A Thoughtful Exercise: Lost In The Shuffle (Inspired By Kyle’s Korner)

David bowie

Sometimes bloggers just want to have fun.

Kyle Akers started his feature, “Lost In The Shuffle,” as a zany way to unearth old classics and introduce readers to different artists and songs. Now, with Kyle’s permission, I have decided to try it out for myself, just this once.

How it normally works is that Kyle hits the shuffle button on his iPad and MP3 library (I, myself, will be using my Google Play library), listens to ten songs chosen at random, and makes a snap judgment on how good or bad those songs are, and produces a subjective ranking of the playlist.

As he says on his website, it’s silly and without purpose, but as someone who’s enjoyed that feature, this is my simple way of (hopefully) extending a spotlight on one of the best sites currently operating in the country music (and gaming) universe, as well as having my own fun with it. Without further ado, let’s see what my library hands us …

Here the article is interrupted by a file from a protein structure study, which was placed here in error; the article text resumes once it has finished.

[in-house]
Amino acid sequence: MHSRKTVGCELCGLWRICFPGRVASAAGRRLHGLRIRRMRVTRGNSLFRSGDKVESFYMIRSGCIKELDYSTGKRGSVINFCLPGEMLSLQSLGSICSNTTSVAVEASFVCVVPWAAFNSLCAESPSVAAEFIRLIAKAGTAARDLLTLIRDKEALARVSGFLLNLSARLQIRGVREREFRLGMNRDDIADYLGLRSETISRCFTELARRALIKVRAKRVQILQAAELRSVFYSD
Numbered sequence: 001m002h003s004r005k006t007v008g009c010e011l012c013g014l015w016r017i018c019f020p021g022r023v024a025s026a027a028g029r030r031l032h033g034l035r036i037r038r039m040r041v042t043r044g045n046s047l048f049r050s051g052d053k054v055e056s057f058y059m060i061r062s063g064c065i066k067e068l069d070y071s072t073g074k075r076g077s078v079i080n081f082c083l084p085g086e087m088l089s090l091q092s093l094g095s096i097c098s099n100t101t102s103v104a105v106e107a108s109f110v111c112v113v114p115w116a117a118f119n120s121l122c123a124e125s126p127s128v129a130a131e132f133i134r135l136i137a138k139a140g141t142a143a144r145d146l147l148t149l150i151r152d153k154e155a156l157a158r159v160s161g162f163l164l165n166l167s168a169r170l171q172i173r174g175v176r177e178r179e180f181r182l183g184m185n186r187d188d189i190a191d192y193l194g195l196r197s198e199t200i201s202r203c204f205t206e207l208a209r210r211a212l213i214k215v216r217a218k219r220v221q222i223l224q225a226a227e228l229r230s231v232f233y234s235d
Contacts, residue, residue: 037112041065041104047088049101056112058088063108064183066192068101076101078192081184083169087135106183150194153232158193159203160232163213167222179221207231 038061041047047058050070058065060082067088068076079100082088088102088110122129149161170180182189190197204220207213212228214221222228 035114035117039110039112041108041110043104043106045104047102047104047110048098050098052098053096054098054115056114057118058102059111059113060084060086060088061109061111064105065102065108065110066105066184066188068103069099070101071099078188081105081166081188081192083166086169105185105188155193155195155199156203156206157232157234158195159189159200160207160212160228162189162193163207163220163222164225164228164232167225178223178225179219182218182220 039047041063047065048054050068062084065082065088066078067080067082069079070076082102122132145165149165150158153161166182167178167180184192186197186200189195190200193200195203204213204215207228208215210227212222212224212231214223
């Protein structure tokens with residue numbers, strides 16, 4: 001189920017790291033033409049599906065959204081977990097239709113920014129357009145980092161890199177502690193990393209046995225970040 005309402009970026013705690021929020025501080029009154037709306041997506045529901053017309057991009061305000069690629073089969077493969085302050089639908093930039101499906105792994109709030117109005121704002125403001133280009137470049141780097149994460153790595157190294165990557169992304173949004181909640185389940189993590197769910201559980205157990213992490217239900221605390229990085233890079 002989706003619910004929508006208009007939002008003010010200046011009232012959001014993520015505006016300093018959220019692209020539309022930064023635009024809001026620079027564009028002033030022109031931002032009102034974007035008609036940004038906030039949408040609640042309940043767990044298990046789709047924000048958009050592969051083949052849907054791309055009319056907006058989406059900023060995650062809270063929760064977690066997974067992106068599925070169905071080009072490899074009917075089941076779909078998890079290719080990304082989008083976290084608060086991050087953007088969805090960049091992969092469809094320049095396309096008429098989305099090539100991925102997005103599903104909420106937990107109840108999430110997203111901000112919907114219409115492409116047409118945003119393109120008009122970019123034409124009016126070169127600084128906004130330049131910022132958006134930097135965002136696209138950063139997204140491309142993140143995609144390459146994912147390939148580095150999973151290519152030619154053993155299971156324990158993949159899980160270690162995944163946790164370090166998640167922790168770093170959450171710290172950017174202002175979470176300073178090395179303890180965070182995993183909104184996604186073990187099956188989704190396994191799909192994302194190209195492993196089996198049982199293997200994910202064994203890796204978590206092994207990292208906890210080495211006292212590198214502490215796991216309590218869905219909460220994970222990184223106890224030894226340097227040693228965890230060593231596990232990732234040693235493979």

The contenders:

Song No. 1 – Dierks Bentley, “So So Long (Live)”

Wow, this is random. Truthfully, I wouldn’t place “So So Long” anywhere near my list of favorite Dierks Bentley songs, but this has always been a fun little ditty anyway. The live cut is probably the best showcase for it, so it’s fitting that it’s the one I happened to land on, but it still sounds a bit stiffer than it should be. At any rate, Bentley manages to handle this track with his usual good-natured humor and charisma, even if he’s done these kinds of songs better with, say, “How Am I Doin’.” Still, a retro Bentley cut is always welcome, and it looks like we’re off to a pretty good start!

Song No. 2 – Turnpike Troubadours, “Blue Star”